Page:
Williams has been the featured offensive back in UNC’s ground game the past two weeks, averaging 113 rushing yards on 18.5 carries per game. The running backs have totaled just 67 yards on 33 carries over that span.
The problem is that Williams’ efforts in the ground game have been out of necessity to achieve offensive balance.
Consider this quote from head coach Larry Fedora on Sept. 10: “We definitely don't want our quarterback to be our leading rusher in the games.”
UNC’s ground game, which is headlined by five-star freshman Elijah Hood (199 yards) and four-star sophomore T.J. Logan (138 yards), ranks 10th in the ACC (89th nationally) with 146.2 yards per game.
“I feel like we should be doing way more than what we’re doing,” Logan said on Tuesday. “But there’s another half to the season, so we’ve got time to pick it up like we did last year. We can’t let this get us down. We’ve got to keep working hard.”
There are a variety of issues in play. First and foremost, UNC’s offensive line is short on experience and long on youth, which was heightened with injuries to three starters dating back to training camp. Saturday’s loss at Notre Dame marked the first time all season that UNC’s projected starting five actually started together.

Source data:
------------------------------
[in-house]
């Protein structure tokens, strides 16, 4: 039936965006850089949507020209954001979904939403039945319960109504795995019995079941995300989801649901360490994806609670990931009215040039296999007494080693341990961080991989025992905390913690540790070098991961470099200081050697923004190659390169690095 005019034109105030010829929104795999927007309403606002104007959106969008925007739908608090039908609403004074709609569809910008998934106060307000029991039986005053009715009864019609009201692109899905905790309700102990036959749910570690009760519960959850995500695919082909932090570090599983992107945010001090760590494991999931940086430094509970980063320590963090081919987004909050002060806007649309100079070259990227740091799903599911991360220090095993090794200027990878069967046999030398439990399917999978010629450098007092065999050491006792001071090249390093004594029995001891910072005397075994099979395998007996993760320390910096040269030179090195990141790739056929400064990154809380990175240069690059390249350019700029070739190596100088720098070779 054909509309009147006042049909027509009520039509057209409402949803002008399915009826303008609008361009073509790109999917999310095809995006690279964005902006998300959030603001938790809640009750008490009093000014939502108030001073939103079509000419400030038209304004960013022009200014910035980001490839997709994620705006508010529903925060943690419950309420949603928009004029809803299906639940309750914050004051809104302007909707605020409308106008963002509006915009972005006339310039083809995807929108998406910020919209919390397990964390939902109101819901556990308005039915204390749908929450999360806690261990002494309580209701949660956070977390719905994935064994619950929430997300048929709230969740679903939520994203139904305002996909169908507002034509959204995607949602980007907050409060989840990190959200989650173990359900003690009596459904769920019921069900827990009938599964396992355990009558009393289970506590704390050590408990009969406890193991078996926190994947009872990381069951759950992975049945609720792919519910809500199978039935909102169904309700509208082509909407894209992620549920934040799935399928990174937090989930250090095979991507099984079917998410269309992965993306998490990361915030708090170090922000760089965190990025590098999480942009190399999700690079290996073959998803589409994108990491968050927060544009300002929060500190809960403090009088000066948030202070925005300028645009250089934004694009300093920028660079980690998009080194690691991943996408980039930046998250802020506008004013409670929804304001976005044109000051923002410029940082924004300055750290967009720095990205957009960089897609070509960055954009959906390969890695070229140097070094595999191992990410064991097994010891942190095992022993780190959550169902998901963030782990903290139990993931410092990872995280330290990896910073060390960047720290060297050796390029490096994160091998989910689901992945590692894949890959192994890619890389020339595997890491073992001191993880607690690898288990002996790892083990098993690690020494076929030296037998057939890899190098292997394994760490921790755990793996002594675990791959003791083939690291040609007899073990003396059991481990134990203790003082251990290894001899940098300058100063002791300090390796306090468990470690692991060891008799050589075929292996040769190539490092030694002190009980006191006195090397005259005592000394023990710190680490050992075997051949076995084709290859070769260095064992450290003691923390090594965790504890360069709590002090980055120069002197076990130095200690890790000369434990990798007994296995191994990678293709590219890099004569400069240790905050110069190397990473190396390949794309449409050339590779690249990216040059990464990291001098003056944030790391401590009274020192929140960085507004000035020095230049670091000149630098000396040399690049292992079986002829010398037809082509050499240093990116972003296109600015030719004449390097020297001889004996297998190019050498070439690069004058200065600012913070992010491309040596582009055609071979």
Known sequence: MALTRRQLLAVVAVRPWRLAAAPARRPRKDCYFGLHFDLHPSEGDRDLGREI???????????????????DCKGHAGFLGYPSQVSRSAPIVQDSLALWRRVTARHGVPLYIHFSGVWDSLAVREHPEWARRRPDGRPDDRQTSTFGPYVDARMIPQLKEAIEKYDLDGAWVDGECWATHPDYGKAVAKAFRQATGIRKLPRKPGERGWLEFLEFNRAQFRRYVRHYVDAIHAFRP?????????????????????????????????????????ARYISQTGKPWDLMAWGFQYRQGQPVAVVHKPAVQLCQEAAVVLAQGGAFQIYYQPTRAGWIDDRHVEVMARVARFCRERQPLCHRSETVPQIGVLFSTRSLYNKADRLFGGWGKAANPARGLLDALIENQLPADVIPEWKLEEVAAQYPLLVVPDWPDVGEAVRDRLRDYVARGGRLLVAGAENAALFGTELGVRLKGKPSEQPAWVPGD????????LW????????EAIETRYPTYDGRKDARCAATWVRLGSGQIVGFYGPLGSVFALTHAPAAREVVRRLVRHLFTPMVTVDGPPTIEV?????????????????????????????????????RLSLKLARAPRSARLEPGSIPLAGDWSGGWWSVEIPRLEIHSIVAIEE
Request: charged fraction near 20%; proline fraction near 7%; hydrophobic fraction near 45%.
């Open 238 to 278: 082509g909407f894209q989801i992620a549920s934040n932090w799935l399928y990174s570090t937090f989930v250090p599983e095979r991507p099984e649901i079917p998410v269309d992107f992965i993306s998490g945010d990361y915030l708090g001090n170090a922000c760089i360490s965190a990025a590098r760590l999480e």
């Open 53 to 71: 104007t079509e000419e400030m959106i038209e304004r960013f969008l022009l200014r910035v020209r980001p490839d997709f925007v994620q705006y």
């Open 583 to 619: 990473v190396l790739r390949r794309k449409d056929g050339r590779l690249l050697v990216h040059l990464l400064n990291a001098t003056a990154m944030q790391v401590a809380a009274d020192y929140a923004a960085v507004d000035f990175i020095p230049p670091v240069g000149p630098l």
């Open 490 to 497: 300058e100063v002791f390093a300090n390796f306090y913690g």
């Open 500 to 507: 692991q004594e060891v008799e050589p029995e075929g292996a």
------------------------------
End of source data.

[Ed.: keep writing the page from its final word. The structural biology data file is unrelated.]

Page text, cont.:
The offensive line isn’t solely to blame, however. Poor blocking by the wide receivers and poor reads by the running backs have piled up as well.
“It’s guys just being wrong,” Logan said. “The running backs being wrong, the receivers being wrong, the O-line being wrong. Just one guy every play that’s wrong. And as an offense, that can’t happen.”
Logan also acknowledged a level of frustration with the revolving door approach in the backfield. Hood is the lone tail back to notch double-digit carries in a game, and he’s only hit that mark twice.
“We’ve talked about it a little bit,” Logan said. “We feel like sometimes that gets us out of rhythm, but when we’re out there, we know we can’t let that affect us and we’re going to try to play the best we can.”
While running backs coach Larry Porter said that “each game has a life of its own” and the game plan has to change accordingly, he stressed the need for more production from his position group.
“You have to make every carry count,” Porter said. “You have to run like it’s your last run. That’s the attitude that we’ve got to have.”
Williams is undoubtedly an asset to the ground game. Increasing his designed runs also increases the number of hits he has to absorb, and according to Porter, UNC has to keep him healthy. That only happens by improving the other aspects of the rushing attack.
“I truly believe that going forward there will be more production from the standpoint of efficiency and putting the offense in position to stay ahead of the chains and for us to put points on the board,” Porter said.
If history is any indication, UNC can make strides over the second half of the season. The Tar Heels averaged 189 rushing yards per game over their final seven contests in 2013 with the running backs accounting for roughly 75 percent of those totals.
RB Production Lacking
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